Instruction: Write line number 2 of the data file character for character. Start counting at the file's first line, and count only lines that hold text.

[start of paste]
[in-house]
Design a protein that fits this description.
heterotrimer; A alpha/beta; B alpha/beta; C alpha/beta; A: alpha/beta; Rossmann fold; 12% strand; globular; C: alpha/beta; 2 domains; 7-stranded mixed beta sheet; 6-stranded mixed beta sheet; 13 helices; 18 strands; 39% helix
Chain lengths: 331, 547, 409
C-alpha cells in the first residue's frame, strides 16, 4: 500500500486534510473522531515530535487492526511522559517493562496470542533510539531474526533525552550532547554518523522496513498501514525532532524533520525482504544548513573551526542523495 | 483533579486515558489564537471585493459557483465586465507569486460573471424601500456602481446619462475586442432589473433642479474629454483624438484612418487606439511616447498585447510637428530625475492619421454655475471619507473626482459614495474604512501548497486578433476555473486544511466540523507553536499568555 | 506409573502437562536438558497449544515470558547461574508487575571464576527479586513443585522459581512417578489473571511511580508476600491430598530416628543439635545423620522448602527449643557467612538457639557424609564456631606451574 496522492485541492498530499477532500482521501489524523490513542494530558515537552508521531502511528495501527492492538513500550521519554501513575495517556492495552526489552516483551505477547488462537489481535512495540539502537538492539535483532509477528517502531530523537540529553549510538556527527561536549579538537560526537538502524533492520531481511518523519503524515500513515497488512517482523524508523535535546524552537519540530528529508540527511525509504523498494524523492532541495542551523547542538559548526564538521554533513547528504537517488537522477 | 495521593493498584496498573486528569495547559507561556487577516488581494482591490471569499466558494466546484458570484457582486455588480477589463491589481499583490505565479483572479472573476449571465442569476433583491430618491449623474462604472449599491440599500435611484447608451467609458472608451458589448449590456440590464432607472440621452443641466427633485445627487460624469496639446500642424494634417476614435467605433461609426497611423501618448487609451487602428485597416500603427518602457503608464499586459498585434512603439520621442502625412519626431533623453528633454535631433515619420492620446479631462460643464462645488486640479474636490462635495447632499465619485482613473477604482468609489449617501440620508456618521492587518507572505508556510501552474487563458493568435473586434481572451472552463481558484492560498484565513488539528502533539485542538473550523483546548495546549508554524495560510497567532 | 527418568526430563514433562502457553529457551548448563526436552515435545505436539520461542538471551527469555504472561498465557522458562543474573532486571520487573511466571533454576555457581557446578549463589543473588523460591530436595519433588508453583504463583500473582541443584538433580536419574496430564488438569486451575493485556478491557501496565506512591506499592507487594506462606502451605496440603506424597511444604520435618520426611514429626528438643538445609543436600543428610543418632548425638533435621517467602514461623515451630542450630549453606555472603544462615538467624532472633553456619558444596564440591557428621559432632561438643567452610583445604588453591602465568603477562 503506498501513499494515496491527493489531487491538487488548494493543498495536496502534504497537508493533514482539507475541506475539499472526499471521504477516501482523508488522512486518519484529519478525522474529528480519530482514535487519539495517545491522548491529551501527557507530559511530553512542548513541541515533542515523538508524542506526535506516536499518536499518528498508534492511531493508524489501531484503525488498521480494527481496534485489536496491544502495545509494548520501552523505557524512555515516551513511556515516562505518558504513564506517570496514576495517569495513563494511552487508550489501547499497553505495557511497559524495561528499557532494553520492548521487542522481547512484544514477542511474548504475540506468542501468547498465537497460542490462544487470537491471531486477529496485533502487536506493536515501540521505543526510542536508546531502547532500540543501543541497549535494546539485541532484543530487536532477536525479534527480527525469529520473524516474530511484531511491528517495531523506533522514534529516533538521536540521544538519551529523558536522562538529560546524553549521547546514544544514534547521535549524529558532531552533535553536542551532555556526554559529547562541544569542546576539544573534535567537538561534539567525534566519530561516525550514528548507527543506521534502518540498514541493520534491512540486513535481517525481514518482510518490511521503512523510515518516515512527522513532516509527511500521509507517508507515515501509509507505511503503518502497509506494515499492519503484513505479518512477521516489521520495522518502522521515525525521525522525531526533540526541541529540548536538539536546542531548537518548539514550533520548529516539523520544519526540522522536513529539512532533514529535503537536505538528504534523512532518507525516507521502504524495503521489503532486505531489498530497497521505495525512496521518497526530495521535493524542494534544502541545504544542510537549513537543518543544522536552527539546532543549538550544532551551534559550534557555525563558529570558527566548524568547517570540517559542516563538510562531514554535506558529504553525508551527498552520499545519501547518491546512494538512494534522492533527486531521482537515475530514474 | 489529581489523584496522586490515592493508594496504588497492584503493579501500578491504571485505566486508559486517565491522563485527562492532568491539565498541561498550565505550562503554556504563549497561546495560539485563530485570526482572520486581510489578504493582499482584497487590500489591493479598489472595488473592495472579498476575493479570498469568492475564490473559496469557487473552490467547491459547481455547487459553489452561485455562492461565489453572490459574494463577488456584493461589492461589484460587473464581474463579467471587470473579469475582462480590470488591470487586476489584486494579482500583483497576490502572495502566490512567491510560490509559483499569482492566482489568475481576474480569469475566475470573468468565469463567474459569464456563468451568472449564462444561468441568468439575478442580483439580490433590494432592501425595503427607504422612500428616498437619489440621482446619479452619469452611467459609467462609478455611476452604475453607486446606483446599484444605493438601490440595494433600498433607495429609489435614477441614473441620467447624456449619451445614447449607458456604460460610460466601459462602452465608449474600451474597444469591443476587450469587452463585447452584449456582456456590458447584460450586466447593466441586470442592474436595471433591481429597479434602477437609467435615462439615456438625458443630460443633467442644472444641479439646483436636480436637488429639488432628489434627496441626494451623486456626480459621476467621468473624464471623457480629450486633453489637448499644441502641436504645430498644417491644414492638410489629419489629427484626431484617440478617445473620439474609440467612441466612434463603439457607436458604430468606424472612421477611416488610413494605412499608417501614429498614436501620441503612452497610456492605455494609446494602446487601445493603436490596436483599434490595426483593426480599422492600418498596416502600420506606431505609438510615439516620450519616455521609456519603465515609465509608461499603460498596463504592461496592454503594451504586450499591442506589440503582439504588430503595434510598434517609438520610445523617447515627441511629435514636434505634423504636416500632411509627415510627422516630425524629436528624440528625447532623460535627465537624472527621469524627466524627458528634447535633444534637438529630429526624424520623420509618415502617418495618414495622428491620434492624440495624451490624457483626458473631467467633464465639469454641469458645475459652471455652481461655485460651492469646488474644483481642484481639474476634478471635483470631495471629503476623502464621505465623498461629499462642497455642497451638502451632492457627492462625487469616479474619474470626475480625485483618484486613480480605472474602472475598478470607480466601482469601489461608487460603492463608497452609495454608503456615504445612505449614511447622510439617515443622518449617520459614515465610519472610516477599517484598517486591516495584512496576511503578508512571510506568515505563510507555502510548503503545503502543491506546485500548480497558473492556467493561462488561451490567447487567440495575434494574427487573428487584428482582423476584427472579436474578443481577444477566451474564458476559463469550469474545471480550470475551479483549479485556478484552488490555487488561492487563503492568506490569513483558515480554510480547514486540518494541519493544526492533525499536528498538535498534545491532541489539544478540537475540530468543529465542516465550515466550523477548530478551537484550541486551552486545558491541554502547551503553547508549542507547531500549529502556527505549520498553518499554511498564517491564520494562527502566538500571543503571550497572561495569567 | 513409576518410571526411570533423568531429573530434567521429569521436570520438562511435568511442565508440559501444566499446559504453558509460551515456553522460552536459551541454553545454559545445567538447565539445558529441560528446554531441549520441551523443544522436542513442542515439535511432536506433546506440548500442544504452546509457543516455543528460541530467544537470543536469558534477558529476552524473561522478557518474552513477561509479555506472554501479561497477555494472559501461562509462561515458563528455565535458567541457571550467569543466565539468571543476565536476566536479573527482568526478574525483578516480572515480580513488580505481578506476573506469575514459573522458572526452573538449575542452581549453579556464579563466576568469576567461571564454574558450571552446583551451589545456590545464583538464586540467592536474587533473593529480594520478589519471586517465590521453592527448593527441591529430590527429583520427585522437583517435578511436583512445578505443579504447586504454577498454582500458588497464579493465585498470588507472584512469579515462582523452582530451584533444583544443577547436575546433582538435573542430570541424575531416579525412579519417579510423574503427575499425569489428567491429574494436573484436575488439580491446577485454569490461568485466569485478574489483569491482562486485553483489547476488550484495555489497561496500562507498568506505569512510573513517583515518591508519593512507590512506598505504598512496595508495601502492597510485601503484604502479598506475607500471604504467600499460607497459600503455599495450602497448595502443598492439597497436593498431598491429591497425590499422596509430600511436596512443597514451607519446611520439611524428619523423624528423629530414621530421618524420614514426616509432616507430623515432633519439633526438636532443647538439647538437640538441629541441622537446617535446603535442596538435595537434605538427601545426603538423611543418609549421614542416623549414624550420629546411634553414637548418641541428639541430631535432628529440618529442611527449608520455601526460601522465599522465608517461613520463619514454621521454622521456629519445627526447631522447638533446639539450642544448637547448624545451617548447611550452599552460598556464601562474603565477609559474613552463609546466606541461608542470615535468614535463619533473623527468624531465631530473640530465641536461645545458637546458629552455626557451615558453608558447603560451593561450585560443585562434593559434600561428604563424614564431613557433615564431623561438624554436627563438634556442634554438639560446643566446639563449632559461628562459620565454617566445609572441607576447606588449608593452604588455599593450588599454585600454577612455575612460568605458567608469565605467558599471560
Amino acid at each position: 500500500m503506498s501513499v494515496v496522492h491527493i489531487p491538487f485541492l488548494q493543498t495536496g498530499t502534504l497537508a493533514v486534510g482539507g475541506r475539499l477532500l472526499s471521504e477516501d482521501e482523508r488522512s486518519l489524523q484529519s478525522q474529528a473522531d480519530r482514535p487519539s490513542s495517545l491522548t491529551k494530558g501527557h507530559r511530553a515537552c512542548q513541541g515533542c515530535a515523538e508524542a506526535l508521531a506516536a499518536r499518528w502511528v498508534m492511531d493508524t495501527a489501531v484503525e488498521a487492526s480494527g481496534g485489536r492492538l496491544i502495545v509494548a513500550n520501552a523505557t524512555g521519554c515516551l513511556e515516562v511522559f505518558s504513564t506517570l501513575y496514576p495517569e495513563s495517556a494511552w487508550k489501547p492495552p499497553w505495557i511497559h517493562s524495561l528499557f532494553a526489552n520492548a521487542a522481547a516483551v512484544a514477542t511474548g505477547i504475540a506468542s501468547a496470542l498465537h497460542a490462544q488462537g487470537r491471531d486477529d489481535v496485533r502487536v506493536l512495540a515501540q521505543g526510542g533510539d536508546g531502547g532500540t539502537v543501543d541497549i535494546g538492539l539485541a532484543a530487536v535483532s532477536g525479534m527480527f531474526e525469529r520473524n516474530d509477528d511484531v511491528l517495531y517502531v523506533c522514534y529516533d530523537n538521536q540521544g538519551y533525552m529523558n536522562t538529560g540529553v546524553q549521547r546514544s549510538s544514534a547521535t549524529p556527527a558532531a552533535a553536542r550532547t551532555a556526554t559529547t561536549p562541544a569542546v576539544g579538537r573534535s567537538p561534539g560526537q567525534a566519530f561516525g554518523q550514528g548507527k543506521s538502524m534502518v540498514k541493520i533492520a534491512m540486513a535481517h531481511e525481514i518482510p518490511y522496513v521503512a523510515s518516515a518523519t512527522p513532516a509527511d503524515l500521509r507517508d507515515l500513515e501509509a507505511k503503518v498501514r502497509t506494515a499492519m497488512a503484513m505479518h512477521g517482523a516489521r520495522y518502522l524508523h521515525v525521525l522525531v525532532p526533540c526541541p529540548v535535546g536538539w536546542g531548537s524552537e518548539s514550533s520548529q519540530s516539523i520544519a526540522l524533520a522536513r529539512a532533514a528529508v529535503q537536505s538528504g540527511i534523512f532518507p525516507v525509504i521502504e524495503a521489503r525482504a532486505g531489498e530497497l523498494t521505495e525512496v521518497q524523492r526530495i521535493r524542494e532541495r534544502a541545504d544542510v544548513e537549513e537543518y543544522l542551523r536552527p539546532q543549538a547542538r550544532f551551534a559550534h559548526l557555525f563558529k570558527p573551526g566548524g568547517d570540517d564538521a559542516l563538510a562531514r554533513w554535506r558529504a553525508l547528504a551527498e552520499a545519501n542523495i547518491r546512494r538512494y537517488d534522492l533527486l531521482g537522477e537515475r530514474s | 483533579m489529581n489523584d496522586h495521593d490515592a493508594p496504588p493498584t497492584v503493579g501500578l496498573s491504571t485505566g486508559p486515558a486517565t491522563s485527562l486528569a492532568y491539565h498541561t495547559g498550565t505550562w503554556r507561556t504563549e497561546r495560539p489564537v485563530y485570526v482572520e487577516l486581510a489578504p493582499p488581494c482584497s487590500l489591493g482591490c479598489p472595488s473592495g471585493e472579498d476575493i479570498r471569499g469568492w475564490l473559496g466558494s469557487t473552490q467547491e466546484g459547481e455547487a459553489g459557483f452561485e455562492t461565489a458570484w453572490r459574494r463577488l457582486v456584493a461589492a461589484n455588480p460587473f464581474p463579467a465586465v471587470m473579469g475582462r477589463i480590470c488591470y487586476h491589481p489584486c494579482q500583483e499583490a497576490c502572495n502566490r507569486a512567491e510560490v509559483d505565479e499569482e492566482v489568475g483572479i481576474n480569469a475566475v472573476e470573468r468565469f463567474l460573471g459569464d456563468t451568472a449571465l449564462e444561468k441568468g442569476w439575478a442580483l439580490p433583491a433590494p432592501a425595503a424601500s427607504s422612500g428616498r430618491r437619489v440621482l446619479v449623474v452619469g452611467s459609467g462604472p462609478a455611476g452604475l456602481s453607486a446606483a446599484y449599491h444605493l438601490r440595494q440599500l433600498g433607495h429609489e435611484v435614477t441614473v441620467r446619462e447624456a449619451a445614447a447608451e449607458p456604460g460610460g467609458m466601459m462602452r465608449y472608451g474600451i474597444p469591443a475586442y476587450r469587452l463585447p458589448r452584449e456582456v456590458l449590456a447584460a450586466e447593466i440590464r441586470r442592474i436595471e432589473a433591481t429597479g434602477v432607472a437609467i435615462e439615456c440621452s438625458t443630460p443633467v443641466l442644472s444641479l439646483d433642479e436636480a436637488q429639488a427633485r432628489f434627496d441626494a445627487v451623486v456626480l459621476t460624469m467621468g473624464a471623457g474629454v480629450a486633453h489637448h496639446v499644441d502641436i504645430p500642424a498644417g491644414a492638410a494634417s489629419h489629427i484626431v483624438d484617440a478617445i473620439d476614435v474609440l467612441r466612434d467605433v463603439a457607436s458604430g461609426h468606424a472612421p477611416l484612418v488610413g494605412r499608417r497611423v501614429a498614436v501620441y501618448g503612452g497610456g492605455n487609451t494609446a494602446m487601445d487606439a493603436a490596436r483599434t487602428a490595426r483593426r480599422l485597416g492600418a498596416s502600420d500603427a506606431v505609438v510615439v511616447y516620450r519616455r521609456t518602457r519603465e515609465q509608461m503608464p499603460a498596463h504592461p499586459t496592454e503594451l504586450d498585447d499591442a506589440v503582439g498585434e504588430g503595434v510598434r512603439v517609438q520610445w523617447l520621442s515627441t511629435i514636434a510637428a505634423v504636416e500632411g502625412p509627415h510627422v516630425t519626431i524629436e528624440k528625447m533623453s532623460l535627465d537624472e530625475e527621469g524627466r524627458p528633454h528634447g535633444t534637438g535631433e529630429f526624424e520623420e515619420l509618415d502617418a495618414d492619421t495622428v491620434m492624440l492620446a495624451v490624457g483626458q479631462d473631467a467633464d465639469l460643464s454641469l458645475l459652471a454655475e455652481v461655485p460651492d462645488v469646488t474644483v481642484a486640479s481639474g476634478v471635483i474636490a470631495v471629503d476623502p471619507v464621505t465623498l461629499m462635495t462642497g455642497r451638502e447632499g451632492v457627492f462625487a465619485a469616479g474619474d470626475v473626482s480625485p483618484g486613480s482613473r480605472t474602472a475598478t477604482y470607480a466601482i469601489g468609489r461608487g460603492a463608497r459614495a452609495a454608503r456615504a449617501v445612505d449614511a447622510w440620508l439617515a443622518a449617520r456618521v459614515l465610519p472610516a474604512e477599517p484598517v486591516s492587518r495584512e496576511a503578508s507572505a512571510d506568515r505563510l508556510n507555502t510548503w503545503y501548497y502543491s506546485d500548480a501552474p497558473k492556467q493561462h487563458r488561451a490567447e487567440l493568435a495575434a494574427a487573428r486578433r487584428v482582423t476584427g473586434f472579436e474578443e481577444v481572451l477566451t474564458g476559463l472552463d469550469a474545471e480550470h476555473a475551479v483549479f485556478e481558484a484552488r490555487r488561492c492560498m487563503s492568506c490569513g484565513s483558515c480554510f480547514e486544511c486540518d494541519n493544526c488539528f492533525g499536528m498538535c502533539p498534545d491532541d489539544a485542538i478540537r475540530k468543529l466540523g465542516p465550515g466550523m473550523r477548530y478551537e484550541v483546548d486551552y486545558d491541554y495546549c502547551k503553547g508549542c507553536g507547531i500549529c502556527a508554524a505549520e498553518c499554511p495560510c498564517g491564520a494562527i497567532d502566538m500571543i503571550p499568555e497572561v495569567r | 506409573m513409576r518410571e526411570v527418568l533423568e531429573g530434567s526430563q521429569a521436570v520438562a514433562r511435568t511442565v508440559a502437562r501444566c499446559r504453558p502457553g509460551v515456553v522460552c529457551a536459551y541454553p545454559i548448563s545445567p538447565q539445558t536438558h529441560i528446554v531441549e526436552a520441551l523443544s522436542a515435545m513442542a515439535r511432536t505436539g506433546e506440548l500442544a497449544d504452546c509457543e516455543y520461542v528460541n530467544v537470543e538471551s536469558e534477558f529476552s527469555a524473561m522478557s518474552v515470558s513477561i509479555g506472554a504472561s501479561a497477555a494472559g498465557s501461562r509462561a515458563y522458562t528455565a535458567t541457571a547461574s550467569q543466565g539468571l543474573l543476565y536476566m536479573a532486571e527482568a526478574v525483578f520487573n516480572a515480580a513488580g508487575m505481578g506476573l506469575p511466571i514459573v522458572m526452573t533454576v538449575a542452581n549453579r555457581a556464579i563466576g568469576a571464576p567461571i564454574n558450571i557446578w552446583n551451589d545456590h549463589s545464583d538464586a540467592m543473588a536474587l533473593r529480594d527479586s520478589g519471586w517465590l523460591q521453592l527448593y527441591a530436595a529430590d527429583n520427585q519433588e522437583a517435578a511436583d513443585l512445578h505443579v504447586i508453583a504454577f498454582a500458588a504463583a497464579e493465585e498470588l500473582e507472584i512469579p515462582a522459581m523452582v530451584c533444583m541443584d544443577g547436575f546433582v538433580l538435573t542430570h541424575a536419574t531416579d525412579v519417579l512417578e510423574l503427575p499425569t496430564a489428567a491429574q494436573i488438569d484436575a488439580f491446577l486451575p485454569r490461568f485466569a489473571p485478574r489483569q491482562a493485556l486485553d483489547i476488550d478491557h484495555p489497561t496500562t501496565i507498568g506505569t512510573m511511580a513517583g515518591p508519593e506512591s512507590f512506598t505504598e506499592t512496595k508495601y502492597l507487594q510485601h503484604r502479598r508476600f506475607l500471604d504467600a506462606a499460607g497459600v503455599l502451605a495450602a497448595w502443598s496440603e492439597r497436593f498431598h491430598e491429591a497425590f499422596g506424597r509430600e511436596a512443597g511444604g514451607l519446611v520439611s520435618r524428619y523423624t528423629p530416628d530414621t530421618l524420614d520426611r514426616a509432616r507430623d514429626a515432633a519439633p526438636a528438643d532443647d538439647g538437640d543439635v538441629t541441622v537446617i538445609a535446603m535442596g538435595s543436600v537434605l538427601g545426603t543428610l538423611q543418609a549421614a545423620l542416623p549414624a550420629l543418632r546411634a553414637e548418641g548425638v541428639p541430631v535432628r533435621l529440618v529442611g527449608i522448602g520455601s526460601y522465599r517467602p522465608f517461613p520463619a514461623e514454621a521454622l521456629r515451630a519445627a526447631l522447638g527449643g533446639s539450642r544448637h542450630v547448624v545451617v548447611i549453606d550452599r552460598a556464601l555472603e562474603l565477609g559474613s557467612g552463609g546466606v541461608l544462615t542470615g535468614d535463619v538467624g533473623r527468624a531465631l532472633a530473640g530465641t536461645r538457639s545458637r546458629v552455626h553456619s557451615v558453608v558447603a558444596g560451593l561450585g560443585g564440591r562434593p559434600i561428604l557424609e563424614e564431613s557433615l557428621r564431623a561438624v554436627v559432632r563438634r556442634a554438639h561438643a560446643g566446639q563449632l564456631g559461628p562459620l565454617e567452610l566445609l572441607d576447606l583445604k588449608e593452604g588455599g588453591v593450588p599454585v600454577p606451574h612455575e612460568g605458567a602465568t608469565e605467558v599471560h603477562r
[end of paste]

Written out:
Design a protein that fits this description.